I had the opportunity to preach at my home church, College Hill United Methodist in Wichita, this last Sunday. The following is the text of my sermon. The scripture reading for the day was Galatians 4:4-7.
Let me preface today’s message with a request. Now, I know as a progressive, rational Christian, I can get tied down in the details of Biblical accounts like that of the Nativity. My brain knows that Jesus wasn’t born in December, he probably wasn’t visited by shepherds and Magi, it’s doubtful his birth was any less ordinary than any other, and that the idea of a Virgin Birth wasn’t earth shattering, but is in fact a common tool used by ancient writers to set a part a person regarded a special or supernatural. But sometimes, all that can get in way of a good story, of the meaning and truth conveyed in a tale like that of the Nativity. So I ask you this morning, be aware that I am thinking about the story of the birth of Christ as written in the Gospels, manger and Magi and star and all, to carry the message I want to pass along today, and I ask you to also immerse yourself in the truth and beauty of the Nativity Story.
We have just come through Advent, through the long four week lead-in to the birth of Christ. Advent is a time of waiting, of thinking, of pondering. It is a time pregnant with hope.
For Mary and Joseph, it was a hope-filled time of anticipating the arrival of a child heralded by angels. A child conceived beyond reason, sent for a purpose they could barely understand. Joseph had been told to name him Emmanuel, “God with us.” They knew this baby meant a change in everything they had ever experienced, that he would usher in a new life for them. Mary references this in her great song, when she says “From now on, everyone will consider me highly favored.” All in all, it was a pregnancy full of hope, excitement, expectations beyond what could be imagined, the promise of a life that would change human history like nothing before and after.
And yet, it was still a pregnancy. For all the fanfare and angels and songs, Mary was still charged with carrying a baby for ten months at a very young age. And at the end of those long, nauseous, sleep-deprived, pickle-and-ice cream-filled months, Mary would go through intense labor, without the modern convenience of epidurals and pain relievers, not to mention air conditioners and ice cold water. All the prophecy in the world could never quench the nervousness that Mary surely felt. Undoubtedly, in her very own village, she had seen multiple pregnancies and births, and very likely several unsuccessful ones. It had to be scary.
Ari and I have been through two pregnancies over the last three years, as well as two births with no medication, no epidurals, and no artificial induction. Granted, we had ac and cold drinks, not too mention steak dinners waiting for us on the other side. But nevertheless, for as wonderful as the experiences were, they were also scary. Especially the second time, after the massive hemorrhaging we experienced with Julian, knowing it could happen again. And it did, and it was quite scary. But we had the best medical care any one could ask for. We were well taken care of, and saw the wonderful benefits of 21st century science and medicine. I can’t imagine going through all of that without the safety net of well trained midwifes and doctors, and state of the art hospitals and birth centers.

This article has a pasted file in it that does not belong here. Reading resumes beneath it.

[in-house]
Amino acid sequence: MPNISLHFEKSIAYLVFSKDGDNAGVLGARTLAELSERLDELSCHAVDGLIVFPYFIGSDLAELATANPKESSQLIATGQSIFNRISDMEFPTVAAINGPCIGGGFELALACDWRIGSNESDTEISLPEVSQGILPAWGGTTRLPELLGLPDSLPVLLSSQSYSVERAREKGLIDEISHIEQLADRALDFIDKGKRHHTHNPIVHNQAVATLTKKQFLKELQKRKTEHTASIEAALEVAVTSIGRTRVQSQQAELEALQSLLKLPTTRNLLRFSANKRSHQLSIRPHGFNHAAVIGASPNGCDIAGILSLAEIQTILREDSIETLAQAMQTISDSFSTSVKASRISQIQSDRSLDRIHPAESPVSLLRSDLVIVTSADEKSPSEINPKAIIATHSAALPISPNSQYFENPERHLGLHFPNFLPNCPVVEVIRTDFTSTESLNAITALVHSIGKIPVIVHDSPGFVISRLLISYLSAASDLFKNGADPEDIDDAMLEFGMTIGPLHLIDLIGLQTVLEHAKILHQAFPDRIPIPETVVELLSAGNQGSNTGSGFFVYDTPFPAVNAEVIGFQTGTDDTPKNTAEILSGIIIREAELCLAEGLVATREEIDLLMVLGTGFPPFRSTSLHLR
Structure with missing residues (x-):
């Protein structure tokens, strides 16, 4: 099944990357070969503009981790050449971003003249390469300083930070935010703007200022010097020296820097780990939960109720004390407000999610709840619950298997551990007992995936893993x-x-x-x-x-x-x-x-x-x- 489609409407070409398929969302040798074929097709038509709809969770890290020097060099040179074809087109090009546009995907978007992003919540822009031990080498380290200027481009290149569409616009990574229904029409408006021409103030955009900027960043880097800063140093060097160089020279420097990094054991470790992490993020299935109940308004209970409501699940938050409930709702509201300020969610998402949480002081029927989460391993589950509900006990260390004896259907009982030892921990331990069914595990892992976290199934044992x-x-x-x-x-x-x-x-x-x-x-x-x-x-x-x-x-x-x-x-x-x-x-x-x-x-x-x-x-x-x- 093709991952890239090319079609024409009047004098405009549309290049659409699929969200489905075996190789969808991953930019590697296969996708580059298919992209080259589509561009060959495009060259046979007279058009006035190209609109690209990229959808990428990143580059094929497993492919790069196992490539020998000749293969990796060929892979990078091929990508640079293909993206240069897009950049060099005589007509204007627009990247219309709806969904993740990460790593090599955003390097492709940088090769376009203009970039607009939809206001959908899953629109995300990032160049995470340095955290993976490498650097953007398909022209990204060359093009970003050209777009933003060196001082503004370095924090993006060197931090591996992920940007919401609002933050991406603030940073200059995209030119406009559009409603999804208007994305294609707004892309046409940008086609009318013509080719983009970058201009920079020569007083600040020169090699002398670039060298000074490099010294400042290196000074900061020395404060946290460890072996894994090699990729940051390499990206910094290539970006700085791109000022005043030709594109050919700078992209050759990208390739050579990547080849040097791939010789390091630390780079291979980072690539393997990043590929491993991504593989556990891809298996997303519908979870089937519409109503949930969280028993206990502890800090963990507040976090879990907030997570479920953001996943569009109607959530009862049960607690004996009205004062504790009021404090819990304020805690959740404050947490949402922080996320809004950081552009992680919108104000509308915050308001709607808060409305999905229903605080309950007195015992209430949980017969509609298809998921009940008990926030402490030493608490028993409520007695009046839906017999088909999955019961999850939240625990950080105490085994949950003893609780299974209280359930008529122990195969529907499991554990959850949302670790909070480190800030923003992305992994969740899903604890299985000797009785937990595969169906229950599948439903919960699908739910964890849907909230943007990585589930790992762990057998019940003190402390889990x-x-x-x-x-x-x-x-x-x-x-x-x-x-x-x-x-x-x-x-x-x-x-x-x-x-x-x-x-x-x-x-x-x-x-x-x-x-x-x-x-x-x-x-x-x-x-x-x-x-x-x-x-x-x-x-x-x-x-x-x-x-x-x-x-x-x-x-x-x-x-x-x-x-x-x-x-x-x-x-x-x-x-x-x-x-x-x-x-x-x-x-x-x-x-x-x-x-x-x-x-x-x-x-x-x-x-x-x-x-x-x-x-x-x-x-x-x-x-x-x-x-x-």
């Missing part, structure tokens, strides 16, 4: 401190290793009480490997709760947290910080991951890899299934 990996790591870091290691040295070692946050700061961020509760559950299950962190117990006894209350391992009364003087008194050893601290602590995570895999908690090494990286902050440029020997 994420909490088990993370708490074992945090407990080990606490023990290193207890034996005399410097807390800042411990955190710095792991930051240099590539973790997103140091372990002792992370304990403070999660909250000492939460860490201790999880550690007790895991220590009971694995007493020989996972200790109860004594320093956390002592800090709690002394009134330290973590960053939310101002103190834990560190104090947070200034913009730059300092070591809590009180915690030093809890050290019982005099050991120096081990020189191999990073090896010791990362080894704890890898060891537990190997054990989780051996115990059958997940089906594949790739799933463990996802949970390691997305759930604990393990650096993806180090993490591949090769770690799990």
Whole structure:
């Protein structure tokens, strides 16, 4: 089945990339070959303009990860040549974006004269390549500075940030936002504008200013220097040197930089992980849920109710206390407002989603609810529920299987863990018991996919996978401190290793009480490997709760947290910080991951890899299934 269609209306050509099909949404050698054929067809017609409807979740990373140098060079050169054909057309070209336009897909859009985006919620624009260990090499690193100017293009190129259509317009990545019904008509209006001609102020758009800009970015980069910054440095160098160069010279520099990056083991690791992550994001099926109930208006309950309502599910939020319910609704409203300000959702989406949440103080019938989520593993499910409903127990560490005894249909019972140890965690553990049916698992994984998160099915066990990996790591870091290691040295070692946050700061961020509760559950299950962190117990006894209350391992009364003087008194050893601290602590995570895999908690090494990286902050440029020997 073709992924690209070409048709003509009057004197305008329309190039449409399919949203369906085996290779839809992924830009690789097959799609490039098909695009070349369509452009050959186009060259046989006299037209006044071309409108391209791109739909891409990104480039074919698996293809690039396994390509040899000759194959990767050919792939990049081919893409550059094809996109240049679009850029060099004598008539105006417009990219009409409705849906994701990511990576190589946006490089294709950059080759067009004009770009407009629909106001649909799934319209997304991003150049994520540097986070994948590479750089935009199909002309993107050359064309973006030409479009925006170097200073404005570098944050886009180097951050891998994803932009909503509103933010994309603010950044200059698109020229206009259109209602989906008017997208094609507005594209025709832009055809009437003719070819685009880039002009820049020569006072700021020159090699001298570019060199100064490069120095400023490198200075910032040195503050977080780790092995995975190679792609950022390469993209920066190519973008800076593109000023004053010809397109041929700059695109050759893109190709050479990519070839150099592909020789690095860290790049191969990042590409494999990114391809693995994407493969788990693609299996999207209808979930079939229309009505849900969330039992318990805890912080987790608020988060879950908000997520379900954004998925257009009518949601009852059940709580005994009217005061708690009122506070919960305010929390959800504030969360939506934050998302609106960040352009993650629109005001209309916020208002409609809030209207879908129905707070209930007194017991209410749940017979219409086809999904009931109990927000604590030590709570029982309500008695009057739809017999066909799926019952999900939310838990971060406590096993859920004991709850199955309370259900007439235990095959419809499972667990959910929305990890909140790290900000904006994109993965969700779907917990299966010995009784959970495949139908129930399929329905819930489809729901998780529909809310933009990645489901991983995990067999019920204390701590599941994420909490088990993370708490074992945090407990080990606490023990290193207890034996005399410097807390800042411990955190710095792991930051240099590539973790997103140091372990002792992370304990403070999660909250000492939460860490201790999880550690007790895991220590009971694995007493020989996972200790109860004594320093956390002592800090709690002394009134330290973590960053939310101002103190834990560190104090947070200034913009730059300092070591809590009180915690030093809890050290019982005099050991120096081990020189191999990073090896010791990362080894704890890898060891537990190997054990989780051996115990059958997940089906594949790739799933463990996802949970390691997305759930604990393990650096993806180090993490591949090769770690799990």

All of this is to say, Mary had to feel fear and apprehension. Giving birth to a child was no sure thing in first century Palestine. And then showing up in Bethlehem, finding no where to stay, and facing the prospect of giving birth in a stable. A stinky, unsanitary, animal-filled stable. Terrifying is probably to mild a word to attach to the teenage Mary and her husband. And we haven’t even mentioned the shame her and Joseph must have felt. At the time of the pregnancy, they were not married. To have conceived a child before marriage was something that would have brought mountains of shame not just on them, but on their families. With that would come anger, and perhaps even exclusion from their families and home.
And yet, clearly, the birth went well. A happy, healthy, beautiful little boy was born. And to welcome him into the world were shepherds there to worship God, and Magi from the east, bearing priceless treasures. Out in the fields, a host of angels sang the new baby into the world with their heavenly voices, and high above, a shining star marked the birth of this remarkable child. An awe-inducing scene, a fitting majestic entrance for the one who is destined to change the world in unknown ways.
But again, reality surely intruded. The next day dawned for an exhausted Mary, sore and weak and cold and hungry. Joseph was tired, worried about his wife, anxious that this child, whom so many were counting on, show all the signs of health. And, for all the pictures we see of a haloed, smiling, reassuring little baby Jesus, the fact is, he was a newborn baby. Which means he probably didn’t allow mom and dad much sleep that night, or for several night after. He cried. He had spit up. He had dirty and wet diapers. And those weren’t nice, snug Huggies from the local Dillon’s.
In the face of all these ordinary baby events and habits, surely Mary and Joseph felt a little let down. They had this child built up to mythical proportions before he was born, and yet, he was still a baby, and life for this small, poor, rural family was undoubtedly HARD. The disappointment they had to feel at the normalness of their life’s in those first months and years had to be almost devastating at times.